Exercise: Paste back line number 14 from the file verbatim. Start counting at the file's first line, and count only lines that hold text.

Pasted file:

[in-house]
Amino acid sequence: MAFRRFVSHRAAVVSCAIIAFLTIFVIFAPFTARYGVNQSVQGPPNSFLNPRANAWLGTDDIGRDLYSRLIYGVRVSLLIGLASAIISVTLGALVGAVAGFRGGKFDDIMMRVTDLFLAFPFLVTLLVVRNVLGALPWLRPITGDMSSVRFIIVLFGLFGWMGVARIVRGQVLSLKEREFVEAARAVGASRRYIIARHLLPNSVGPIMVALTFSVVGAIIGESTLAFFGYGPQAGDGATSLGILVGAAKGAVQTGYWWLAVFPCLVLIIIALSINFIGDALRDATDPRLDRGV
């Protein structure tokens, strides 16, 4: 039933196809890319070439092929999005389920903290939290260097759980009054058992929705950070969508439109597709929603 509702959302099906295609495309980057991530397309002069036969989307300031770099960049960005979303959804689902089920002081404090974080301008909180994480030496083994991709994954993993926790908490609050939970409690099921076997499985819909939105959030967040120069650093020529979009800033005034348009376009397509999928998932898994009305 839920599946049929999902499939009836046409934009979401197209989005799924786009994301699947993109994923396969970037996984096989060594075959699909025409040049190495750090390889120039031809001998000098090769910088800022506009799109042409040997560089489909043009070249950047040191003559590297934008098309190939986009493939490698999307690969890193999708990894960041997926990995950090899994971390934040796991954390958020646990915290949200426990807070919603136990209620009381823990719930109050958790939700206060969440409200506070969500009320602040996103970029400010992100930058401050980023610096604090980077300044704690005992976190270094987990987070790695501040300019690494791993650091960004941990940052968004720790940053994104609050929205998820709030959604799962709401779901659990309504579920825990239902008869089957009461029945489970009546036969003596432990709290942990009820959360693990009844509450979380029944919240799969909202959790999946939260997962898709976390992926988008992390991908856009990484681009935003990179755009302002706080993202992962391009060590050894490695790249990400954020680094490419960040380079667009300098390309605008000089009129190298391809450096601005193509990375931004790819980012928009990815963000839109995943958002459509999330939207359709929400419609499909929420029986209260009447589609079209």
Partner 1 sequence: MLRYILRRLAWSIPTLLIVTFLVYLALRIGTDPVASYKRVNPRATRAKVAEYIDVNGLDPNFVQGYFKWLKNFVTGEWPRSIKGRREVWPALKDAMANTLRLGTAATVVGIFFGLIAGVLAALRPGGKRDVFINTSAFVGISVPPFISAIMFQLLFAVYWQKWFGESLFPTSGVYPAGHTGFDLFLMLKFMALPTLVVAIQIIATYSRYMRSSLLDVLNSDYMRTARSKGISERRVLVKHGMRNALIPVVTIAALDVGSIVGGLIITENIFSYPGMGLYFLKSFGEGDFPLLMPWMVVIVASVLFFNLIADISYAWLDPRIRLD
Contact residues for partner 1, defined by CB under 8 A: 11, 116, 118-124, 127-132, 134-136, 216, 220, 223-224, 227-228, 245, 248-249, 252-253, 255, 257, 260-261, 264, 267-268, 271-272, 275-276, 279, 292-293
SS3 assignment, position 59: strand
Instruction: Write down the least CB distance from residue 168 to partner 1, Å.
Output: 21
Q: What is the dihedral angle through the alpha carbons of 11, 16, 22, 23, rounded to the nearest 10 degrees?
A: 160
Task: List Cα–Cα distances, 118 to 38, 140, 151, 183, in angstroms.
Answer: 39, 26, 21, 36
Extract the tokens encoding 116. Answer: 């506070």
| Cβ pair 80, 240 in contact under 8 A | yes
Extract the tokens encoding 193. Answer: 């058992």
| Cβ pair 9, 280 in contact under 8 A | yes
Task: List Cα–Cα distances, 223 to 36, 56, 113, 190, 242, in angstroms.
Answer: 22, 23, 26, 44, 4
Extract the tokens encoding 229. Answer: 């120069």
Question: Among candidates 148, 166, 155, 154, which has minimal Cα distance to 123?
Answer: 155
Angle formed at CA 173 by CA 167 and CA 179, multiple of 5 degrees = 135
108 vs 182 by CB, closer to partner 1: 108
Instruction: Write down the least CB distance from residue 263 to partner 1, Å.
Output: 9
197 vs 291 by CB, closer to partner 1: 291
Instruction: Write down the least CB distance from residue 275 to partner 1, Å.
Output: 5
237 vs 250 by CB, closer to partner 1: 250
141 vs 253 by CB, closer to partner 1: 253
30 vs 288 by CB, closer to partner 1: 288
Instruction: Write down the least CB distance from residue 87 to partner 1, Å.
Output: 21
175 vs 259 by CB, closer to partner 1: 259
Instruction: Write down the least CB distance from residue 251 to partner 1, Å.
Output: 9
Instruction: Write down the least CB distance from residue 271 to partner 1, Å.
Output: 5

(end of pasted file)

| Cβ pair 80, 240 in contact under 8 A | yes